The Sfat Emet has an interesting comment on the section of Parshat Shmini that enumerates which animals are fit to eat. He says: "By means of forbidden foods, freedom is taken away from the soul, and thus one who eats them denies the Exodus from Egypt."
One might think the opposite. The laws of kashrut are often taken as the most arbitrary of the mitzvot, the ones least susceptible to any sort of rational analysis. Claims that the kosher animals are more healthy, for instance, don't stand up to scrutiny. The rabbis take kashrut to be gezerat hamelech, "decree of the King." The most "oppressing" mitzvot. So how can the laws of kashrut hold the key to freedom?
Here is one way to understand the Sfat Emet. Eating can be our most desire-driven, most animal activity. We spend a lot of time eating, it's woven into every part of the day. If everything that doesn't actually poison us is edible, then our eating is no expression of freedom or choice. It either lowers us to an animal level, or just takes us away for much of the day from the holiness, from things we do that are elevated.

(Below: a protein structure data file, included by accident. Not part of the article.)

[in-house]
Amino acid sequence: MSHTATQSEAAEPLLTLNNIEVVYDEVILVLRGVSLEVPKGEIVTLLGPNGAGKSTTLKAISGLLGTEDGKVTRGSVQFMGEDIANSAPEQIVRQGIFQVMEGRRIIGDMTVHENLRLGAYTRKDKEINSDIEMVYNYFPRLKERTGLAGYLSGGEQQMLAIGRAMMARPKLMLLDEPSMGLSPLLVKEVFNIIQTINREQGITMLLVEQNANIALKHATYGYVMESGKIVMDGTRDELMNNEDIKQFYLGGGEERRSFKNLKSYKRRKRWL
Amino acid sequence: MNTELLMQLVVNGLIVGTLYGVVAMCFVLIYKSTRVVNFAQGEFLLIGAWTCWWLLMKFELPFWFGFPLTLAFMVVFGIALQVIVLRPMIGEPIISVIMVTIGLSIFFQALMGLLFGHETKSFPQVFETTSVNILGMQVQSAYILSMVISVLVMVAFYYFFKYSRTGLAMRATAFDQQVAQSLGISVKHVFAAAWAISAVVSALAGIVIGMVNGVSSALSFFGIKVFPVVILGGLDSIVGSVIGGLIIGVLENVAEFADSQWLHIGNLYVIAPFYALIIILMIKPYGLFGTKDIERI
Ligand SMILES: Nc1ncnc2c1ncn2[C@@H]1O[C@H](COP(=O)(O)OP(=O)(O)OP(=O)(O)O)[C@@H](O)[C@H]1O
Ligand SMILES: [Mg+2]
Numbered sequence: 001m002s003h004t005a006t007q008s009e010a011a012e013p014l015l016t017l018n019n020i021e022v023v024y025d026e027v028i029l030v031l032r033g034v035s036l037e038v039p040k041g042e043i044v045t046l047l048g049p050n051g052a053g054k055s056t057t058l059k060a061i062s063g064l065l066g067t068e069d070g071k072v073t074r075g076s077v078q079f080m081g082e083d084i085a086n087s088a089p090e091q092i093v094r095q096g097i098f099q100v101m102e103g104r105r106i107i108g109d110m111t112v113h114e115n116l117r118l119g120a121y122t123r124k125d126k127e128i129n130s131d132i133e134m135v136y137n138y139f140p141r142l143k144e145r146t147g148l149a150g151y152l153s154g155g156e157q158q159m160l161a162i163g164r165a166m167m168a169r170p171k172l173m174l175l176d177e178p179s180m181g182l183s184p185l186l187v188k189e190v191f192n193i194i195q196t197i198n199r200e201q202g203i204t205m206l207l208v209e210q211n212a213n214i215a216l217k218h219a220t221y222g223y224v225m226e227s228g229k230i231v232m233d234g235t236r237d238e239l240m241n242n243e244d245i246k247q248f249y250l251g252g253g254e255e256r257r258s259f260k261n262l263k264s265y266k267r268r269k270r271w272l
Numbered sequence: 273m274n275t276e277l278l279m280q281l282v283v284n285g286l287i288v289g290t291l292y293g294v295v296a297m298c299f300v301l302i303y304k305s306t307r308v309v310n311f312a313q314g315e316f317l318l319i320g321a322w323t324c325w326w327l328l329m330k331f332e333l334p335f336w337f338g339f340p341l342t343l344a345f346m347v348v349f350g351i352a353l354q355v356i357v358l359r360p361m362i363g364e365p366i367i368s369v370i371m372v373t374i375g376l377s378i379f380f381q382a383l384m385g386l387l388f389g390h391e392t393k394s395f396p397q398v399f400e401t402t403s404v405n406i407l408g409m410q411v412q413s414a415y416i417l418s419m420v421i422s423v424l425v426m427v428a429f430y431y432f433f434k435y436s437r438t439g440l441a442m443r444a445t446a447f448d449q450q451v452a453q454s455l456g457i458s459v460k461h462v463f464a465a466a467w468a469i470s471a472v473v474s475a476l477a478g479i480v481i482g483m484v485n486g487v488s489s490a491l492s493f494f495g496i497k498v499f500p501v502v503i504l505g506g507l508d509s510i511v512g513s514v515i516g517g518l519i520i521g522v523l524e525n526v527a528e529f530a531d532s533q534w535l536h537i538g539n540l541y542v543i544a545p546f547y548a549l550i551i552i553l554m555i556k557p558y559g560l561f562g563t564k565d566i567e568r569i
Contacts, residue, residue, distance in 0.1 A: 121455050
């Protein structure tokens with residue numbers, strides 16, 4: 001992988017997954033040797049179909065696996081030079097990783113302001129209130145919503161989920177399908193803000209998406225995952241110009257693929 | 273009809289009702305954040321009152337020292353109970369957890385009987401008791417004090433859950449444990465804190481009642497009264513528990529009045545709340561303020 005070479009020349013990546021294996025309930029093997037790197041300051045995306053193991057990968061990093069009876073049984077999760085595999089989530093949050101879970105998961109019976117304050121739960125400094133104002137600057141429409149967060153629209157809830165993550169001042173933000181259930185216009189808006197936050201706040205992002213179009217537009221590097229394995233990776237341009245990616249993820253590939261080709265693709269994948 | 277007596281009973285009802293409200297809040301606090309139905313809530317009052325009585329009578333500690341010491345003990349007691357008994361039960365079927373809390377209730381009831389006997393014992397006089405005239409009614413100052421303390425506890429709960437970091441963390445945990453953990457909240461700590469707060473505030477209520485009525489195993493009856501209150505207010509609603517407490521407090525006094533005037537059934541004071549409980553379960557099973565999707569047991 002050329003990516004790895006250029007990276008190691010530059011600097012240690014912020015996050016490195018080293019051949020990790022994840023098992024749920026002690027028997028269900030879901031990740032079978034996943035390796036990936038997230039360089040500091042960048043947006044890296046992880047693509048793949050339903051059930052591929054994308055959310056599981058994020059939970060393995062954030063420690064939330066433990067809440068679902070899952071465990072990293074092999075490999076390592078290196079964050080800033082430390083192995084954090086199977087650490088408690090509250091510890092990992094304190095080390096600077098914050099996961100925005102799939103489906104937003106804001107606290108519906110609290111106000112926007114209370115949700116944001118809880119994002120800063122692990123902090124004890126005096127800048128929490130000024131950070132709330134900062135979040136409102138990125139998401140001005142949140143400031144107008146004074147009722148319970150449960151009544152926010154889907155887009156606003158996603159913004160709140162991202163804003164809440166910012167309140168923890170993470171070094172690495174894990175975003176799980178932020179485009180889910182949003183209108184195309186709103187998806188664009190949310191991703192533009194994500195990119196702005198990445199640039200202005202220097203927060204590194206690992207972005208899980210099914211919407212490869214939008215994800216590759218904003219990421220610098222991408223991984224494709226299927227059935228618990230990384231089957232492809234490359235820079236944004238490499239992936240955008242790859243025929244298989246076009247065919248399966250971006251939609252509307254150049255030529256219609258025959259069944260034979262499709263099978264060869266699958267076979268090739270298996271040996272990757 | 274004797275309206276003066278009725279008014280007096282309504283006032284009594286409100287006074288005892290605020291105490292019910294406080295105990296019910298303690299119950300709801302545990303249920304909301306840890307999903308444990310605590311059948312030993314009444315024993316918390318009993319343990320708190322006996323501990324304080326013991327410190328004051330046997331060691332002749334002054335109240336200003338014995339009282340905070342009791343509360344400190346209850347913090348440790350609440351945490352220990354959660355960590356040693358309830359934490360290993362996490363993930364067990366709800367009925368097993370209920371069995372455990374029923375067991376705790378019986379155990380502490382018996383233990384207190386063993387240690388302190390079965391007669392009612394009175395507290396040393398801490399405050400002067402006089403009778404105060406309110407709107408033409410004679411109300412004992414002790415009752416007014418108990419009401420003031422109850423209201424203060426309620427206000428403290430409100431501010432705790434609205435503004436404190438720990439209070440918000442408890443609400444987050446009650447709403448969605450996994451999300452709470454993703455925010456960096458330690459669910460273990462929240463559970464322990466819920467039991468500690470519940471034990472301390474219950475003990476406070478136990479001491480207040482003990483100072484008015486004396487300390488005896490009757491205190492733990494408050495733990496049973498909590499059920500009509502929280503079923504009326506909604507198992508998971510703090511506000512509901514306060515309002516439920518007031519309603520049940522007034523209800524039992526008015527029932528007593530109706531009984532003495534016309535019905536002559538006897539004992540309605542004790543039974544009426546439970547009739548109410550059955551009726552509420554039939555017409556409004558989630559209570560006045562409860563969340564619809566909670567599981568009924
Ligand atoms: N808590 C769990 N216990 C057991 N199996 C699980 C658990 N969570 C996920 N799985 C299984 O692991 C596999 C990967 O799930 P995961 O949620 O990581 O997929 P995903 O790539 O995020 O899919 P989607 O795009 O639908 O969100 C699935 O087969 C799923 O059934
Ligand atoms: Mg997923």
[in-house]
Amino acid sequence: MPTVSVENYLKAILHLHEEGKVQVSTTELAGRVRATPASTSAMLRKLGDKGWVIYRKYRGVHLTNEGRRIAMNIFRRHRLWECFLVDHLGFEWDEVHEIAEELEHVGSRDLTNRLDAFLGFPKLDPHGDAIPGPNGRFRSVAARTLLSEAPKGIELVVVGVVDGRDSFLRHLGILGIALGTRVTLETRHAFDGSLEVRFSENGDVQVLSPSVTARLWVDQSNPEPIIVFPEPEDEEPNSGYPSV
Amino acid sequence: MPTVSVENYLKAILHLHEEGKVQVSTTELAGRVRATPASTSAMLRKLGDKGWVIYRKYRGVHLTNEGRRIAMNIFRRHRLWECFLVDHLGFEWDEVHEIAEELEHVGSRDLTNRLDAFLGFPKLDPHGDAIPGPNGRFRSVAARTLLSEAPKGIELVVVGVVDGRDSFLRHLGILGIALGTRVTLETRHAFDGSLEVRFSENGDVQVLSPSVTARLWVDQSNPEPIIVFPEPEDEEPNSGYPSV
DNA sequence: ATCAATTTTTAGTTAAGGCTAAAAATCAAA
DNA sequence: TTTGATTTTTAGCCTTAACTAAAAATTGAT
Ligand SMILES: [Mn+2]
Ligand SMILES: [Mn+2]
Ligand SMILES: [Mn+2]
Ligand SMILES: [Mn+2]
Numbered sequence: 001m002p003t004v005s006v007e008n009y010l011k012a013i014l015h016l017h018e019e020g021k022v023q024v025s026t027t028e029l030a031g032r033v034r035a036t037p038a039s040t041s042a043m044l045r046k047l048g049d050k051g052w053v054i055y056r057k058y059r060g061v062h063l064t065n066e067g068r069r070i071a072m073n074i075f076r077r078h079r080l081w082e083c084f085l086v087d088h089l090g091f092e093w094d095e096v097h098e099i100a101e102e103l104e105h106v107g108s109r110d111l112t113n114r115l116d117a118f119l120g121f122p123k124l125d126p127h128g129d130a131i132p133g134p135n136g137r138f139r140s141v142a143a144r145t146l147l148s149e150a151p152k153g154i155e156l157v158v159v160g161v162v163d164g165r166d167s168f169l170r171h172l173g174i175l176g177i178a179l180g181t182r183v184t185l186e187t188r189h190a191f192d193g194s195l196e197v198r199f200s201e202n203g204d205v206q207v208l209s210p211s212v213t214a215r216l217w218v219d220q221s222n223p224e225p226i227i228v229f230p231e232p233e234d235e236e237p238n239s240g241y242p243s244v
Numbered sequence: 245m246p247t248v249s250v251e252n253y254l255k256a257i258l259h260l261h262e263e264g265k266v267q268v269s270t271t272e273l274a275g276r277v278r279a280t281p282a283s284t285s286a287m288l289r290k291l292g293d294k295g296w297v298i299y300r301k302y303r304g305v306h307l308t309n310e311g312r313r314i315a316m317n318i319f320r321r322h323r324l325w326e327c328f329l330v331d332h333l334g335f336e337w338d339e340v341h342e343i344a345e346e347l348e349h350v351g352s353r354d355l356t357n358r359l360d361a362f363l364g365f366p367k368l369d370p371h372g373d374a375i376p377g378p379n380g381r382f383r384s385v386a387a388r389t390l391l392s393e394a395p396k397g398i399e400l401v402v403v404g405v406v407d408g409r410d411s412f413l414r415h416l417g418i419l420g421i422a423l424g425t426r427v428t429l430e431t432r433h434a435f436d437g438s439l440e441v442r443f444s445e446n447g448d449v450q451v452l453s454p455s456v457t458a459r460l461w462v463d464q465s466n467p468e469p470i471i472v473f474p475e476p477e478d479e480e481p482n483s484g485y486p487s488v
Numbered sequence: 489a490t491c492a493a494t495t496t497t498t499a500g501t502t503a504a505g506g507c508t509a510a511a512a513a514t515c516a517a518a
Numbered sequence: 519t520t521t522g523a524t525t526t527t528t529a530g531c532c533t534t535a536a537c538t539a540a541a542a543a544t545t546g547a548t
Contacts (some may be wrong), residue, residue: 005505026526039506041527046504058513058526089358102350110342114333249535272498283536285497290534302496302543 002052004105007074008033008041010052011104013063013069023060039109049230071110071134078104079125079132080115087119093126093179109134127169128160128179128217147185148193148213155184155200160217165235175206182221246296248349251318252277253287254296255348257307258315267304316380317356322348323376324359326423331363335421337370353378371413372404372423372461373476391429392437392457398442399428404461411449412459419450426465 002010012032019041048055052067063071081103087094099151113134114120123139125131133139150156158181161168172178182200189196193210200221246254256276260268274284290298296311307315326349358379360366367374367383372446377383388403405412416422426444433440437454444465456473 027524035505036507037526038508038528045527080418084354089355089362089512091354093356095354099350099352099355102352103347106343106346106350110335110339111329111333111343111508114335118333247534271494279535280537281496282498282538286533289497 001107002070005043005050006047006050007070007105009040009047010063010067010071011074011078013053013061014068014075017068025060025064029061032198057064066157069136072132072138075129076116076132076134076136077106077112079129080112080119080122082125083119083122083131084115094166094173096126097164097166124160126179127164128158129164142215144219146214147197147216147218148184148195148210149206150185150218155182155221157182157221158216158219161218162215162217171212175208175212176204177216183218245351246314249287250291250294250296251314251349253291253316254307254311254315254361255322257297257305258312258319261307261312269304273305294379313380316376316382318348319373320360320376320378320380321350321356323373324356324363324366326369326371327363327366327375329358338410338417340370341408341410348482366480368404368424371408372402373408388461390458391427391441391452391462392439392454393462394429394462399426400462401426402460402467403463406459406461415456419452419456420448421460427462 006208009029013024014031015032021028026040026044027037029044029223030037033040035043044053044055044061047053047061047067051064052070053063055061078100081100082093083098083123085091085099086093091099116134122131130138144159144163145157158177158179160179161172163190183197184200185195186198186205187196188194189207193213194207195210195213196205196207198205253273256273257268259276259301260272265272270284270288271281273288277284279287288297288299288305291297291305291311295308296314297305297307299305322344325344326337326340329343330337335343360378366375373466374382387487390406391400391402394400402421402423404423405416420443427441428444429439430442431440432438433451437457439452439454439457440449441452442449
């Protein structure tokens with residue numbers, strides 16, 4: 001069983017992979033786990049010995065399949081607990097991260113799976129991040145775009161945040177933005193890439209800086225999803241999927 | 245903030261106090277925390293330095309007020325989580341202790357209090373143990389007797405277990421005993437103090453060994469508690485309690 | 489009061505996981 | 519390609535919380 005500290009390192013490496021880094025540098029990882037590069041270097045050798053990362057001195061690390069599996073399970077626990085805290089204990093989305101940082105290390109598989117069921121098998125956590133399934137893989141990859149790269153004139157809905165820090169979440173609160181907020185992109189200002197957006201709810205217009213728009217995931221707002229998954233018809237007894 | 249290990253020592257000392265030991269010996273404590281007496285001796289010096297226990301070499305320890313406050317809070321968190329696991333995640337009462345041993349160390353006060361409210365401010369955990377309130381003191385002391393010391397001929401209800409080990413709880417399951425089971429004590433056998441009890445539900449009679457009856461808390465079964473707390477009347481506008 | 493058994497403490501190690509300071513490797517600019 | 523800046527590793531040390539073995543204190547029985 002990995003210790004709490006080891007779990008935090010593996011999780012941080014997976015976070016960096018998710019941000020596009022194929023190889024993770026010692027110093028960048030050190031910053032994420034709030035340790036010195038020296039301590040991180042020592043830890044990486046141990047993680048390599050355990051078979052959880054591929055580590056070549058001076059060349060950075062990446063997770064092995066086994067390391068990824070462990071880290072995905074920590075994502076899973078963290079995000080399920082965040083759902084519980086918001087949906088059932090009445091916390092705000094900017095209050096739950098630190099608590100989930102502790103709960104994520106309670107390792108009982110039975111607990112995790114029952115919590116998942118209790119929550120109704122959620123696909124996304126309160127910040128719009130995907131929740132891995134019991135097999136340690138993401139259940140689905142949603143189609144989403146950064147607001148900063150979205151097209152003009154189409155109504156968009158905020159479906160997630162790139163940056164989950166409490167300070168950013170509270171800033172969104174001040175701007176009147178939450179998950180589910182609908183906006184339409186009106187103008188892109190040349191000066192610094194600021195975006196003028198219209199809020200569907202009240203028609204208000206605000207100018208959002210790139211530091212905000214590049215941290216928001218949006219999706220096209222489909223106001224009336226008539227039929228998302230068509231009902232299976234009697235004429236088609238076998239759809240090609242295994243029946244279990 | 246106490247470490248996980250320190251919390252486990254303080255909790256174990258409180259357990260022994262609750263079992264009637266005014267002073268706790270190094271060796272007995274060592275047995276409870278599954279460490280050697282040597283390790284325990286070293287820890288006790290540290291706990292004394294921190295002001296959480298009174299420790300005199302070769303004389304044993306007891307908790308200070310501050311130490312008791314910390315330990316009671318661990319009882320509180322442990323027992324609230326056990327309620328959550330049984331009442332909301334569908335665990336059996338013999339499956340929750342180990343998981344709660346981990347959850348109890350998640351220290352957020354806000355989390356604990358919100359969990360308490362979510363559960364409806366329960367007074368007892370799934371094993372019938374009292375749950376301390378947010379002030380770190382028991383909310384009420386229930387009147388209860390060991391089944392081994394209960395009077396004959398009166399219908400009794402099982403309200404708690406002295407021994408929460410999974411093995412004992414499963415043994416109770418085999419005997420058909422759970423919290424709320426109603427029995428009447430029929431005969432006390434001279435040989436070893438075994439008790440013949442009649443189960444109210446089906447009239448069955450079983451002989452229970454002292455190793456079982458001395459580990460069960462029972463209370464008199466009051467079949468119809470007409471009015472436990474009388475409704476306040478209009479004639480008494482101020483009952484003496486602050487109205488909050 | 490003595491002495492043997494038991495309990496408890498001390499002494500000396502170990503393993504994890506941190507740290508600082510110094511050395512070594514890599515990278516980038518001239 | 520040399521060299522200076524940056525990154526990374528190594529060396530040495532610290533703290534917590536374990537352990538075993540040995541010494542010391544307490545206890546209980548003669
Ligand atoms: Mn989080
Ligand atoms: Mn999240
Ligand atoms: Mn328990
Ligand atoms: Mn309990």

By dividing the foods into permitted and forbidden, we bring free will all the way into our lives. In fact, the more arbitrary the rule the better, you might say.! If I'm not eating pork even though it's no less good for me than beef or beans, then it's an act of pure freedom. And I would argue that paying attention to eating leads us to ever more involving reflection on what we eat, where it comes from, what it does to us and our world. (Here are gathered many related postings on food.) That can lead us to a path of even greater responsibility.
There is a hint in the language that the Torah uses in Leviticus 11. The requirement that an animal chews its cud is, in Hebrew, ma'alat gerah -- "brings up". Similarly, God identifies Godself in the chapter as the Hama'aleh etchem me-eretz mitzrayim -- "the One Who brings you up from the land of Egypt."
This language, which concludes the chapter on forbidden and permitted animals, frames kashrut not as a static rule, but as a growing awareness. As we eat, we are being charged to continue to "go up from Egypt." Choosing not to eat something I want is an act of freedom in itself. Noticing all living things, integrating our bodies' needs with an outward focus -- these can be an entry point into even more free and responsible action.